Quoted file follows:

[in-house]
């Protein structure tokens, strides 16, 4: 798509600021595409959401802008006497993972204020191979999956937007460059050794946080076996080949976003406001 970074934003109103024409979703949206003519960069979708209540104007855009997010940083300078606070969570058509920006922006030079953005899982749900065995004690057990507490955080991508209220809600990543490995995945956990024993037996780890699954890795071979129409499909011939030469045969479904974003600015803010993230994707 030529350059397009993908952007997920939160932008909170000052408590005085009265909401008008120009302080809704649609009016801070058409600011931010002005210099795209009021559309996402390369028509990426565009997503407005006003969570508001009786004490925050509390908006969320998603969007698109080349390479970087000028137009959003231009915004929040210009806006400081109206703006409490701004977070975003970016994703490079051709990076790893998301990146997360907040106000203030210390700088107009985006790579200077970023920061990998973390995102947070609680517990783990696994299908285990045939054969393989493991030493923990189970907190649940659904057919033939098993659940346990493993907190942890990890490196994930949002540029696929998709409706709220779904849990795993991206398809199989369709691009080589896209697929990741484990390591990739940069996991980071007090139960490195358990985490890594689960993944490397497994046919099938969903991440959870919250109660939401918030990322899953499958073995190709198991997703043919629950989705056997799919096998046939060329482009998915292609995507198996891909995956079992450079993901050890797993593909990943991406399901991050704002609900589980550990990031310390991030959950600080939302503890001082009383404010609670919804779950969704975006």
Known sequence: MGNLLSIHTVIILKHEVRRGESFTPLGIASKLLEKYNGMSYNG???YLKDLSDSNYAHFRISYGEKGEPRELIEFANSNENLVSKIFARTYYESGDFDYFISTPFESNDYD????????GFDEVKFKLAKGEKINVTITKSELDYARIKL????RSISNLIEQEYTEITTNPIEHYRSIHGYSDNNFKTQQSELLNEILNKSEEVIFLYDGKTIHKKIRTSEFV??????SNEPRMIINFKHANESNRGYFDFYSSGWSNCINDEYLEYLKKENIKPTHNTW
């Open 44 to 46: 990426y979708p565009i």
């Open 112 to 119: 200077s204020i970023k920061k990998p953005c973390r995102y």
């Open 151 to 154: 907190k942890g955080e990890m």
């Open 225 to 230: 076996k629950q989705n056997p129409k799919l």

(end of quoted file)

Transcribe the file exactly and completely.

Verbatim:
[in-house]
């Protein structure tokens, strides 16, 4: 798509600021595409959401802008006497993972204020191979999956937007460059050794946080076996080949976003406001 970074934003109103024409979703949206003519960069979708209540104007855009997010940083300078606070969570058509920006922006030079953005899982749900065995004690057990507490955080991508209220809600990543490995995945956990024993037996780890699954890795071979129409499909011939030469045969479904974003600015803010993230994707 030529350059397009993908952007997920939160932008909170000052408590005085009265909401008008120009302080809704649609009016801070058409600011931010002005210099795209009021559309996402390369028509990426565009997503407005006003969570508001009786004490925050509390908006969320998603969007698109080349390479970087000028137009959003231009915004929040210009806006400081109206703006409490701004977070975003970016994703490079051709990076790893998301990146997360907040106000203030210390700088107009985006790579200077970023920061990998973390995102947070609680517990783990696994299908285990045939054969393989493991030493923990189970907190649940659904057919033939098993659940346990493993907190942890990890490196994930949002540029696929998709409706709220779904849990795993991206398809199989369709691009080589896209697929990741484990390591990739940069996991980071007090139960490195358990985490890594689960993944490397497994046919099938969903991440959870919250109660939401918030990322899953499958073995190709198991997703043919629950989705056997799919096998046939060329482009998915292609995507198996891909995956079992450079993901050890797993593909990943991406399901991050704002609900589980550990990031310390991030959950600080939302503890001082009383404010609670919804779950969704975006």
Known sequence: MGNLLSIHTVIILKHEVRRGESFTPLGIASKLLEKYNGMSYNG???YLKDLSDSNYAHFRISYGEKGEPRELIEFANSNENLVSKIFARTYYESGDFDYFISTPFESNDYD????????GFDEVKFKLAKGEKINVTITKSELDYARIKL????RSISNLIEQEYTEITTNPIEHYRSIHGYSDNNFKTQQSELLNEILNKSEEVIFLYDGKTIHKKIRTSEFV??????SNEPRMIINFKHANESNRGYFDFYSSGWSNCINDEYLEYLKKENIKPTHNTW
């Open 44 to 46: 990426y979708p565009i």
């Open 112 to 119: 200077s204020i970023k920061k990998p953005c973390r995102y």
């Open 151 to 154: 907190k942890g955080e990890m």
């Open 225 to 230: 076996k629950q989705n056997p129409k799919l």